Now, yesterday there was this huge clap of thunder very close to me, right over my head.  I was in the van catching up on Facebook when it happened.  It felt like my heart tried to jump right out of my chest.  I continued what I was doing while waiting out the storm.  It was raining very hard so no point even thinking about driving, and I was a wreck from the trauma of escaping Houston.

I didn't think much of the thunder but later I noticed when my house batteries showed a low charge level, and I started the car to boost it... nothing happened.  No charge was coming through from the solenoid to the house batteries.  Whoops, with no sun in sight for a few days so I could get a charge off the solar panels, this is not good.

Called for help on Facebook and soon, friend Phoenix Hagar responded and talked me through the trouble-shooting phase of the problem.  It was getting dark.  I had checked for loose connections and anything else that could be wrong.  While chatting with Phoenix about this, with the engine off now, I hear this clicking on and of and on and off under the hood.   The engine is off and so the solenoid should have switched off and should not be making any noise???  Jumped out to look, and on the side of the current solenoid is a little black box... and it had a green light on it going on and of and on and off... kinda crazy like.  I was pretty sure by then that the close lightening had damaged the switch... and thinking that can't be good, I disconnected the positive cable going from starter battery to the solenoid.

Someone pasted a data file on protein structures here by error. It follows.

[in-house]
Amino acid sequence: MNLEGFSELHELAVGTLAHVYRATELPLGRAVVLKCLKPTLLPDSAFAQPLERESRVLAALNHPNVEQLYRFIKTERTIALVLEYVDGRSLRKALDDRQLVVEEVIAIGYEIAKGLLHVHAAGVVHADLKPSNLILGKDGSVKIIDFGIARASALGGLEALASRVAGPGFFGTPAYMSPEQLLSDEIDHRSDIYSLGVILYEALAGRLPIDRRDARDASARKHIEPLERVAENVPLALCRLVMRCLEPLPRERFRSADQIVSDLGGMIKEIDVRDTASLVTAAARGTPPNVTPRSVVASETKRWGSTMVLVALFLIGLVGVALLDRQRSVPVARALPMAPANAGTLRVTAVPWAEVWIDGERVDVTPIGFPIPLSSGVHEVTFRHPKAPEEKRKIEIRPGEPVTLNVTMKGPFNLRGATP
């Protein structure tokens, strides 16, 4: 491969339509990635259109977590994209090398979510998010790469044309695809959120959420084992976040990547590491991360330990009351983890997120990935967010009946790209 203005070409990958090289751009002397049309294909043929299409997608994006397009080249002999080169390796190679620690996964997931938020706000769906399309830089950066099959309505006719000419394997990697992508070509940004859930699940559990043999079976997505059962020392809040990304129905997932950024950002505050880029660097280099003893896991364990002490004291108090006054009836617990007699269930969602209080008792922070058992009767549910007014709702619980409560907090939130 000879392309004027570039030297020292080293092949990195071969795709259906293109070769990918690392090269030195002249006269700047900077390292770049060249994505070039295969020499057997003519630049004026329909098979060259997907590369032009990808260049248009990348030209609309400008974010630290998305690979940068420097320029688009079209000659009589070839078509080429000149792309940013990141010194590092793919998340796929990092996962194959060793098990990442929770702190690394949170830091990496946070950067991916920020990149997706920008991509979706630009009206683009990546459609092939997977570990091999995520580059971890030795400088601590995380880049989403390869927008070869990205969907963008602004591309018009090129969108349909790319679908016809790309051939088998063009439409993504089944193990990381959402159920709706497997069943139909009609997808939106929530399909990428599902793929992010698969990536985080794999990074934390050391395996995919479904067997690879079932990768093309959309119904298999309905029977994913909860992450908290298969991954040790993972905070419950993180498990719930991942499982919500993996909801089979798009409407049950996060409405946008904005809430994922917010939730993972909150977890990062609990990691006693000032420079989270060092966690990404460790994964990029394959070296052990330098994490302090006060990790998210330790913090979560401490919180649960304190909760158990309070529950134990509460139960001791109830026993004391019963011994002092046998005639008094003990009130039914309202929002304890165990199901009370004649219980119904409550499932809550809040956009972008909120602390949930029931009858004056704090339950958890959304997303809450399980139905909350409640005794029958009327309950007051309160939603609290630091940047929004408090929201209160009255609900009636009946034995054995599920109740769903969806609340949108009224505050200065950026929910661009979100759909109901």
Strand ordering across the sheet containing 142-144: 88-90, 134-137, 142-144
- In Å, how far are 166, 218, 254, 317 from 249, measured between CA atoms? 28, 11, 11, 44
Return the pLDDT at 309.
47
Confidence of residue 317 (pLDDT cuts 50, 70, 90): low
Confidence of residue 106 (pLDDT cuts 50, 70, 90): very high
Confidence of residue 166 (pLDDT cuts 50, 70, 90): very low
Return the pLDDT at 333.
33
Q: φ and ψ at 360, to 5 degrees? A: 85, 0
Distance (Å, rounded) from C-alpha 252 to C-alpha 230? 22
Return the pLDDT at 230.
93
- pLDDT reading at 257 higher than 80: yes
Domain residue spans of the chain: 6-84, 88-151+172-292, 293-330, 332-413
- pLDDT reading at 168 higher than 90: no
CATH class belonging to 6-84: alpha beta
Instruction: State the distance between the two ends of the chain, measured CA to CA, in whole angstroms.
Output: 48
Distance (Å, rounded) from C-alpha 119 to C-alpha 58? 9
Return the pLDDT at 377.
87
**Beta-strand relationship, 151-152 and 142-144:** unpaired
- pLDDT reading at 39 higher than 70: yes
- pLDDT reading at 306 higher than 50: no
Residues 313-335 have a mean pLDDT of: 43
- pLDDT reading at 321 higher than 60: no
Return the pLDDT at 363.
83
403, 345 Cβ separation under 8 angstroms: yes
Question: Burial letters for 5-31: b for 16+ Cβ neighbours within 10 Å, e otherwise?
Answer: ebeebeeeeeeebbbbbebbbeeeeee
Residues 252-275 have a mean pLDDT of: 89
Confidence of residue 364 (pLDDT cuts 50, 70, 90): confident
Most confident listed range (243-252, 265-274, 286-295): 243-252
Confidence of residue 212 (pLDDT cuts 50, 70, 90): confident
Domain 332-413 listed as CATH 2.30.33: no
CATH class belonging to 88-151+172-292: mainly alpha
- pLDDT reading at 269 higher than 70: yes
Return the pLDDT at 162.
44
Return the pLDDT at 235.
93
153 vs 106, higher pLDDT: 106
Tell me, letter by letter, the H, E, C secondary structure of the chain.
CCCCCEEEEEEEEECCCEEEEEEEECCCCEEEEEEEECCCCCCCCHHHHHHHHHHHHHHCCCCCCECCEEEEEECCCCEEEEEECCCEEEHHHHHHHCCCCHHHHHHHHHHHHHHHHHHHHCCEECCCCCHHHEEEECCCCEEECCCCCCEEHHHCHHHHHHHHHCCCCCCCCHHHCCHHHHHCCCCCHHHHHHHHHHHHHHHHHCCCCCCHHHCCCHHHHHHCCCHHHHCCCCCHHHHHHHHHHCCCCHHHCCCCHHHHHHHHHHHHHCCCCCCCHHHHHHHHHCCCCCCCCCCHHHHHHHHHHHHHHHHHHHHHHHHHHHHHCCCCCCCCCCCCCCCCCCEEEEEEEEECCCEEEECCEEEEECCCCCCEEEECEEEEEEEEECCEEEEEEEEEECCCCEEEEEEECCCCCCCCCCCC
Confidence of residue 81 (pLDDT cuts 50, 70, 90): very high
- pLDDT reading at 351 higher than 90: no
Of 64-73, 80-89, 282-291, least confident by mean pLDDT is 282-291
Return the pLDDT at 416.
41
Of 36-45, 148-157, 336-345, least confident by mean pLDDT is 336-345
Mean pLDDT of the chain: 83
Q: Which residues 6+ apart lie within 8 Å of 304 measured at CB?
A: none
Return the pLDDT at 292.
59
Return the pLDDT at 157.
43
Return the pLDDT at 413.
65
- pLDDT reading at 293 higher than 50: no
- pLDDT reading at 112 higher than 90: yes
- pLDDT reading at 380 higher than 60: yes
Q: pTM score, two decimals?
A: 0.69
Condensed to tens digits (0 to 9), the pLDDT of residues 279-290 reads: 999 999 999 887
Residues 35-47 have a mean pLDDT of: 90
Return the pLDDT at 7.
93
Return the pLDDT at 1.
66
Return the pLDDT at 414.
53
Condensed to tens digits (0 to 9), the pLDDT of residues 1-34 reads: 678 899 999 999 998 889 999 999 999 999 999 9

Then Phoenix suggested putting my jumper cable on between the starter and house batteries to charge them back up a bit.  I did that for 20 min.  Got it up some, but it did not hold all night, with both a 12v freezer and 12v fridge on the system (and me watching some dvds to unwind)... and this morning was only 12.02.  It's 13.29 on the jumper cable with van running right now.  Auto parts store is 15 minutes away.

I'm off to an auto parts store to by a new continuous duty solenoid and install it.  That will be my third one.  Do others have them go out that often... six years?  I am also putting a heavy duty inline fuse in.  One was installed on the first one (installed by Sportsmobile of Austin, TX in 2009), and then it went bad, and Steve Spence suggested one which I ordered and he was kind enough to walk me through that install.  Ended up not using the inline fuse for that one, and I forgot why.  So with the new one, I am installing this near the house batteries, on positive coming off the new solenoid.  (Clear as mud right?)

And then maybe it will stop raining and I can see if the solar is still working???

There goes my gas money!!   (now to unpack the storage area under my bed and find my volt meter and electrical stuff and tools)




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Who is Swankie?

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Anywhere, USA, Full-Time USA traveler, United States
In 2006, I was shopping for a wheelchair. By 2007 I had new knees, better health and by 2008 a kayak. In Aug 2013, I kayaked my 49th state, Alaska, at the Holgate Glacier and in May 2014, I kayaked Hawaii, my 50th state, to celebrate my 70th Birthday and the finale to the wonderful adventure of Kayaking America? Next up... Solo Hiking the Arizona Trail, 820 miles in 2016. In training now for the hike.